Econsultancy: Please describe your job: What do you do?

Johann Hermann: As the COO, I am responsible for everything to do with the delivery of campaigns, which means my day can vary immensely, but is usually always hectic!

Part of my role includes managing the various teams involved in campaign execution, and ensuring they have all the resources they need to get the job done. Specifically, I’m in charge of the Ad Operations, Data Analysis and Product Development teams, so I’m right in the middle of the technology.

I am also responsible for designing the strategic process around account management and publisher management. Although I am not the direct reporting line for these teams, I design processes that help the teams to develop a fully transparent and quality approach that makes the best use of their time.

E: Whereabouts do you sit within the organisation? Who do you report to?

JH: I sit on the leadership team and report into our CEO, Christian Geyer.

E: What kind of skills do you need to be effective in your role?

JH: I would say that good analytical skills are paramount because my role needs me to interpret and utilise varying types of challenges, which requires the ability to think critically.

Technical skills also go hand-in-hand with this. This is most prevalent when it comes to troubleshooting because it is essential that you know how a system works in detail. Otherwise you are searching for the needle in the haystack.

Additionally, having a visionary outlook is also really important – particularly when it comes to new products. Why? Because I need to be able to imagine whether the product will work and what its place will be in the market.

E: Tell us about a typical working day…

JH: The first thing I’ll do is look at campaign numbers, to get a hold on how we’re progressing. And when it comes to campaign performance we mostly look at three metrics: goal achievement, delivery and margin.

Then I’ll go through my emails, answering various messages where necessary, before carrying out a bit of industry research, like reading relevant news and blogs from my peers and competitors.

Then I’ll move into product and process development. Obviously this can sometimes be a moving target – but we bring our current challenges and industry trends to the table and think about what we could develop next.

Ultimately, product development has two main goals: drive effectiveness or efficiency of a product or process. Simultaneously, there is pretty much a business value behind every development. We try to prioritize by business value.

Ah yes, and by the end of the day I am happy to get back to my family.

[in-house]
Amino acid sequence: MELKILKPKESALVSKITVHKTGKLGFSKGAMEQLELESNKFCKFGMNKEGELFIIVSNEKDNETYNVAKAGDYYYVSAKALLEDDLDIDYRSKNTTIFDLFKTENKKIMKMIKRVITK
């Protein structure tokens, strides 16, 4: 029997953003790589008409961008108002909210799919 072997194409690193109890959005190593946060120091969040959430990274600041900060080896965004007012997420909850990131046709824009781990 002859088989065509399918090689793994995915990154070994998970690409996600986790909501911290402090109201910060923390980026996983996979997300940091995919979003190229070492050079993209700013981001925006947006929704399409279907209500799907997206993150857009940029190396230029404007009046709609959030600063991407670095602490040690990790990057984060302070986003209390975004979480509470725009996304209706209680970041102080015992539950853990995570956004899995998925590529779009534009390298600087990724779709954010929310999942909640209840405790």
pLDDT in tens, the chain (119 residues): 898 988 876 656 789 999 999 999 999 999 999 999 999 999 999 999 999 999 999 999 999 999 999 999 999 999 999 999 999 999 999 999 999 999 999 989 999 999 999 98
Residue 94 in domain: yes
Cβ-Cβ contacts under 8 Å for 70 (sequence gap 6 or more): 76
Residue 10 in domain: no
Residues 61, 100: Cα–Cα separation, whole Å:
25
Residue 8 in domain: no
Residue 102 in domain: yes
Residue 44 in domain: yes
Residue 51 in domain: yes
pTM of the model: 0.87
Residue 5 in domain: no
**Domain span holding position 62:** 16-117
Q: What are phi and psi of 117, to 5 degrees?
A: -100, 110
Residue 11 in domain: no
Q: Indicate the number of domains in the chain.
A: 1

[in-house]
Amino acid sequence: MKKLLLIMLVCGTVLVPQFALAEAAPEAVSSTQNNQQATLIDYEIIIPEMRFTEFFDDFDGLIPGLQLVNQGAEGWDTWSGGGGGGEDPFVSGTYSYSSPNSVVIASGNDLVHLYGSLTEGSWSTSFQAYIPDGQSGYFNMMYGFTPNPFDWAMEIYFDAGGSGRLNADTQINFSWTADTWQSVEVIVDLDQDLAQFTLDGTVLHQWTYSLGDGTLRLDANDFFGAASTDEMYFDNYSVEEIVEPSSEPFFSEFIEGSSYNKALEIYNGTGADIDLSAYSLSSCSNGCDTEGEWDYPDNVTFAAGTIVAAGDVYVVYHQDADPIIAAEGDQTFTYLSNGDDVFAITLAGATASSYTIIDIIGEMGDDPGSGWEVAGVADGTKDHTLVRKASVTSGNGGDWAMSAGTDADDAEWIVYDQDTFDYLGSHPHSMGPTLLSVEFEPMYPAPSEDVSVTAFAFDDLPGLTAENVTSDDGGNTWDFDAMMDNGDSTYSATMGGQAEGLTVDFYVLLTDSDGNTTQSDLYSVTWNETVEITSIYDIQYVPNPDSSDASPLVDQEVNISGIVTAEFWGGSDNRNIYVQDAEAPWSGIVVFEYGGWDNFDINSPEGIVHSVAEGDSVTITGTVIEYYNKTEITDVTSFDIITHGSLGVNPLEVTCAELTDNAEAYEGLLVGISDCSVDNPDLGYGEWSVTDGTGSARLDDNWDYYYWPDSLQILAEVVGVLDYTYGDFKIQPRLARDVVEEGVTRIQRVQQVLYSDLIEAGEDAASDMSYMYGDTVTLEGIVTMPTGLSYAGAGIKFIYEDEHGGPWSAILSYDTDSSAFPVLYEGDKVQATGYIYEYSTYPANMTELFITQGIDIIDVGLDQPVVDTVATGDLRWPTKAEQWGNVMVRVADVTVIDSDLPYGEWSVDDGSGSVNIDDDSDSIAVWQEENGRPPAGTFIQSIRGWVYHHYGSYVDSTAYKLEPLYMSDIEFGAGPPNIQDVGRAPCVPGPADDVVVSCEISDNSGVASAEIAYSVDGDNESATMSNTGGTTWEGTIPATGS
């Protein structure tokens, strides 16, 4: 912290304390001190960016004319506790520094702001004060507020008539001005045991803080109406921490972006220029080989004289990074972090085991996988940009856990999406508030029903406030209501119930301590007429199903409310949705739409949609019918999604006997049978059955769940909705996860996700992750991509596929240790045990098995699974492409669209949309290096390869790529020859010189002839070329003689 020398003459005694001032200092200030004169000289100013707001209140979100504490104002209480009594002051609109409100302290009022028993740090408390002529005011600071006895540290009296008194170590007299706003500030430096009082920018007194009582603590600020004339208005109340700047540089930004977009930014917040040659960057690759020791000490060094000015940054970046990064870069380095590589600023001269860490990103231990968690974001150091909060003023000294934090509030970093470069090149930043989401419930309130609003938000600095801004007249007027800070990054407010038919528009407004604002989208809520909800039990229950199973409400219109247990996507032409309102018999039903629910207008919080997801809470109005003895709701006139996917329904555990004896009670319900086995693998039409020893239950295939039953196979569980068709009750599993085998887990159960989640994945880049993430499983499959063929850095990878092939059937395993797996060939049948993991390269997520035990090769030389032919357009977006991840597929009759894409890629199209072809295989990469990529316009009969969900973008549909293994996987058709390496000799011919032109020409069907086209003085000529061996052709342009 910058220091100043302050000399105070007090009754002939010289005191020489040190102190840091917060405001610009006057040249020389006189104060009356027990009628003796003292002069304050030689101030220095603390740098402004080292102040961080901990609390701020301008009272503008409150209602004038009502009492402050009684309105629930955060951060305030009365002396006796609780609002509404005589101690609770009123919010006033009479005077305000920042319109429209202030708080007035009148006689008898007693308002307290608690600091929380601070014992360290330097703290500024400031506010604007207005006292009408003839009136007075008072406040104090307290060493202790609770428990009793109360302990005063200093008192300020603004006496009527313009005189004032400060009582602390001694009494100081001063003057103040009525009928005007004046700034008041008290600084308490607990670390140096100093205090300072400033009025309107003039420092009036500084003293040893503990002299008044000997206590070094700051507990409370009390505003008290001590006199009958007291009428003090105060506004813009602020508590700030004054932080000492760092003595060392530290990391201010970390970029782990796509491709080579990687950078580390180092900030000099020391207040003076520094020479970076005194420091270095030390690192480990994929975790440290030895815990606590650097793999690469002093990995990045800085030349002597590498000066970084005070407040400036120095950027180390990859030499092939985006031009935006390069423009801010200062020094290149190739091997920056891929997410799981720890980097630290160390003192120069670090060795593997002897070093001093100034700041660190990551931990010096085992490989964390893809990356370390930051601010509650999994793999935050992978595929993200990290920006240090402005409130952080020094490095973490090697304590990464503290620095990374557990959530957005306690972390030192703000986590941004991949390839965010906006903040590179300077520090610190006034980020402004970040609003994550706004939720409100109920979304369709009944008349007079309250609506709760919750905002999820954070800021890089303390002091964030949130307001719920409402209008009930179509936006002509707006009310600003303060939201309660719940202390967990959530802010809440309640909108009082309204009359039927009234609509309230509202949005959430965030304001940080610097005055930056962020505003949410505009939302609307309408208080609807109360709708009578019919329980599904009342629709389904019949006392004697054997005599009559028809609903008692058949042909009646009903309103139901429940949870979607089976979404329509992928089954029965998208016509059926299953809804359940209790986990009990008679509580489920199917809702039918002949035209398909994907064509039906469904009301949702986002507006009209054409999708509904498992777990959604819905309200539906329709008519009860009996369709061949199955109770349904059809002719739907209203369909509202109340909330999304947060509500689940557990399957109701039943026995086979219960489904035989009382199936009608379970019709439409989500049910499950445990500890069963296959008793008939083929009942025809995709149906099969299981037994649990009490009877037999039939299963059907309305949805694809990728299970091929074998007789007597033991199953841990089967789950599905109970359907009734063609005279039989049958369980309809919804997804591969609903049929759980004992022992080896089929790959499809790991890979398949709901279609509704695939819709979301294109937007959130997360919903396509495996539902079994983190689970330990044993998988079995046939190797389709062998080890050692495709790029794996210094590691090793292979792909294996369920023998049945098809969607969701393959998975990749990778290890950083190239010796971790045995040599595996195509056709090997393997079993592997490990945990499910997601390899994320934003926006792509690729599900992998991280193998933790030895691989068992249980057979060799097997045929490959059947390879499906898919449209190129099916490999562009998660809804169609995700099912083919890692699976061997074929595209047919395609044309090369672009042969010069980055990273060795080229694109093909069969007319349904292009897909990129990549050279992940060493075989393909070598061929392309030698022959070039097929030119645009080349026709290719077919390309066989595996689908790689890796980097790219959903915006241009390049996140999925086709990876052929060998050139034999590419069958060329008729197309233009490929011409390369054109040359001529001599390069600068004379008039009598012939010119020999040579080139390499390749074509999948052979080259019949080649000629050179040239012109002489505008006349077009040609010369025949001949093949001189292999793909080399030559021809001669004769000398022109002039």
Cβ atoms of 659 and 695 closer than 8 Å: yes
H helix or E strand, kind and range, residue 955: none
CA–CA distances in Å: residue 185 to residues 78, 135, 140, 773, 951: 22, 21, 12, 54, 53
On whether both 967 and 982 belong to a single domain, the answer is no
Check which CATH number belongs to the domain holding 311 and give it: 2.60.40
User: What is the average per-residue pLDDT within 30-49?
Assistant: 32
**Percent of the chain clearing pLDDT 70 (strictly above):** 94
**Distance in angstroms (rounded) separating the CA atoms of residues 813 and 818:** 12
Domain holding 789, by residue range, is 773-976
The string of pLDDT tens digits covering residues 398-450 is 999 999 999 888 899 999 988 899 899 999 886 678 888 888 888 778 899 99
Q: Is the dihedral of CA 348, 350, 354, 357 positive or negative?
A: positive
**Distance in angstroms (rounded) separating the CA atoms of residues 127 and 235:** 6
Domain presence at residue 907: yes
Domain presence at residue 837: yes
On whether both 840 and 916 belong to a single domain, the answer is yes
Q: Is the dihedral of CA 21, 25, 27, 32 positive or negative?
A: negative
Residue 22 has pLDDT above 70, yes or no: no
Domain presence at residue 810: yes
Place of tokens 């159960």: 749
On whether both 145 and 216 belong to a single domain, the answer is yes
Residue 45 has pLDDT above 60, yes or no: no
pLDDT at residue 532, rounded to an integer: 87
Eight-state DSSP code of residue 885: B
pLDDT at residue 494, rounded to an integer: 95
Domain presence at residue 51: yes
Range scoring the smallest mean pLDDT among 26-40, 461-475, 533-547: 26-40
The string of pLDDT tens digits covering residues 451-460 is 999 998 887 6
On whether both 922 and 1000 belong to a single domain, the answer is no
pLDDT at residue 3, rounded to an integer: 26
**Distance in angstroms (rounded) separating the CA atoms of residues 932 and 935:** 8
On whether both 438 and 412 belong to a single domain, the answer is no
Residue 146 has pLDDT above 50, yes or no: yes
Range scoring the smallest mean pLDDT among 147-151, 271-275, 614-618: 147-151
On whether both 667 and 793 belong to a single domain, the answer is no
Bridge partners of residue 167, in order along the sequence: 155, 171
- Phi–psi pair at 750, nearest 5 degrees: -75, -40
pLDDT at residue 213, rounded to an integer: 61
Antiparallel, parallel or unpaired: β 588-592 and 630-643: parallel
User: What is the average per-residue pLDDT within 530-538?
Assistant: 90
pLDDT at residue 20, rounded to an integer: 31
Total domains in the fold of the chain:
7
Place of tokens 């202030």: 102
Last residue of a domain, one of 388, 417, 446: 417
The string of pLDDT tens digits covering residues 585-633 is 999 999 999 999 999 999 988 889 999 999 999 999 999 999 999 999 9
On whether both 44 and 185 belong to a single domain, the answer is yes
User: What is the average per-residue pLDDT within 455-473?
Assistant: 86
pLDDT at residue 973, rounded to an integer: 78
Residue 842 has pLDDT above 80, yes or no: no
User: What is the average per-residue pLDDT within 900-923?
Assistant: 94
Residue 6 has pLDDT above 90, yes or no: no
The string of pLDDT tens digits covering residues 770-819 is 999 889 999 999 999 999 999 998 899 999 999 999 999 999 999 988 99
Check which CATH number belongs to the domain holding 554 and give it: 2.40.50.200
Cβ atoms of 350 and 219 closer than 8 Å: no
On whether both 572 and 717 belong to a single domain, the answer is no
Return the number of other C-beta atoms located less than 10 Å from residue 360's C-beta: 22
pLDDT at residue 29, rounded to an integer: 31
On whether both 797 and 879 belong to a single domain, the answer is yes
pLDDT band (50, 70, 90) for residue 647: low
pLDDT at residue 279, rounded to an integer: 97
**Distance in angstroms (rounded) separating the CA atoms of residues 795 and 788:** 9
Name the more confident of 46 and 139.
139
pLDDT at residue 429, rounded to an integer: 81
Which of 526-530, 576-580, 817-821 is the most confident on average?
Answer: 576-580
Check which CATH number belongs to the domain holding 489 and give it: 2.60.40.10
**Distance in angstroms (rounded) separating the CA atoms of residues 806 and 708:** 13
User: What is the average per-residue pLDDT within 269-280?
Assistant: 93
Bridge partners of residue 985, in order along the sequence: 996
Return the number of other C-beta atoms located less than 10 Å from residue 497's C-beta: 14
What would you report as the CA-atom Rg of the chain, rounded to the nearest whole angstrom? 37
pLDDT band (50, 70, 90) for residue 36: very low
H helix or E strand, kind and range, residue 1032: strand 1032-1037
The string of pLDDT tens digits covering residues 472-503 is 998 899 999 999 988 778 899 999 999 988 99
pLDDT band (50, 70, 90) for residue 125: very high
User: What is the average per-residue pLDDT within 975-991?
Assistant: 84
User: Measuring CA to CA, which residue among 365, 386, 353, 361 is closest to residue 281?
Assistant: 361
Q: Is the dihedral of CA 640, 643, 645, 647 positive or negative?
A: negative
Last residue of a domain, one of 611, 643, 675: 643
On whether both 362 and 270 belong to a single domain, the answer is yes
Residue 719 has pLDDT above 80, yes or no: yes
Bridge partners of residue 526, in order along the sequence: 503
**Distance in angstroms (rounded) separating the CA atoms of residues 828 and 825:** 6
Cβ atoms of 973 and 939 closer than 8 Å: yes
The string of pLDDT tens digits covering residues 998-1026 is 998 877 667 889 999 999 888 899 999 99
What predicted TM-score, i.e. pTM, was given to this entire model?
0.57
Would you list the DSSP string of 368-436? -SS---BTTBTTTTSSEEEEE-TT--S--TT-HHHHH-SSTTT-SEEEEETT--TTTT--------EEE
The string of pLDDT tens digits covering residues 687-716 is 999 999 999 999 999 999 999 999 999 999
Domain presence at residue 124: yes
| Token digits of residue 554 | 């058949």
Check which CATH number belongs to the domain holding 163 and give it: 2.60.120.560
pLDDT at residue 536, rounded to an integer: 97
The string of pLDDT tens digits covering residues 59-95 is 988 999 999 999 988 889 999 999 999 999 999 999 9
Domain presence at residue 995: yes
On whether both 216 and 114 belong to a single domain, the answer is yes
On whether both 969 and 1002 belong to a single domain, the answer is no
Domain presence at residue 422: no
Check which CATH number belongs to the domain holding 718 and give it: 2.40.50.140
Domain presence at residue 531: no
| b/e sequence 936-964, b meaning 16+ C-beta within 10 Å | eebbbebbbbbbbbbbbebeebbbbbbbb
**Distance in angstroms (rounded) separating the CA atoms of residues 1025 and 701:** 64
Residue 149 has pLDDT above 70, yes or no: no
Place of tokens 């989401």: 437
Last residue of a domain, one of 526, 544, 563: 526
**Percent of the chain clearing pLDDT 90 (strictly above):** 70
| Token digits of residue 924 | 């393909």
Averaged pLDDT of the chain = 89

E: What do you love about your job? What sucks?

JH: Love: Having been in the industry for quite a while I can tell that there is pretty much nothing that can’t be achieved. Also I ran across quite a hand full of people most of which are really helpful souls. The combination of the two makes this industry so much fun to be in.

Sucks: Sometimes I wish our regulators and politicians were a bit more switched on. Some of the most recent regulatory changes have played straight in to the hands of the big 4. This has meant that start-ups have an even bigger battle to grow their business.

E: What kind of goals do you have? What are the most useful metrics and KPIs for measuring success?

JH: First and foremost, increasing revenue.

But when it comes to metrics, I would say that re-bookings from clients is the best way to measure success.

In terms of my wider goals, I would love the agency to achieve creative fame for work that has had a positive impact on the way people live around the world. Ultimately, the only way to measure success is via the direct impact our work has upon our clients’ bottom-lines; I want stellar creative work that is effective.

E: What are your favourite tools to help you to get the job done?

JH: My brain.

E: How did you land in this role, and where might you go from here?

JH: In the first company I founded I was the CFO. From that position I slowly developed into a more product and client focused role.

In an ideal world, my next job will be building boats by hand. Until then I will do everything it takes to make Nano Interactive a huge success.

E: Which campaigns have impressed you most recently?

JH: Deutsche Bank’s recent campaign where they used client stories to show its positive impact in action, including Laura Dekker, who was the youngest person (14) to single handedly sail around the globe. It really resonated with me on a personal level.

E: What’s the future for ad tech?

JH: In the future campaign set-up and optimisation will no longer be done by humans. Computers are more capable to learn from huge masses of data and optimize campaigns based on that data.

At the same time, consulting advertisers will get more and more important. You just need to take a look at the Luma Marketing Landscape from year to year to see how quickly new targeting opportunities arise, or how new creative forms are being developed.

Finally, regulation will play a huge role. We’ve already seen the implementation of the GDPR, but the ePrivacy Directive which is set to hit us within the next 18 months, could be a much bigger hurdle for the industry.

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Econsultancy also offers training courses in programmatic advertising.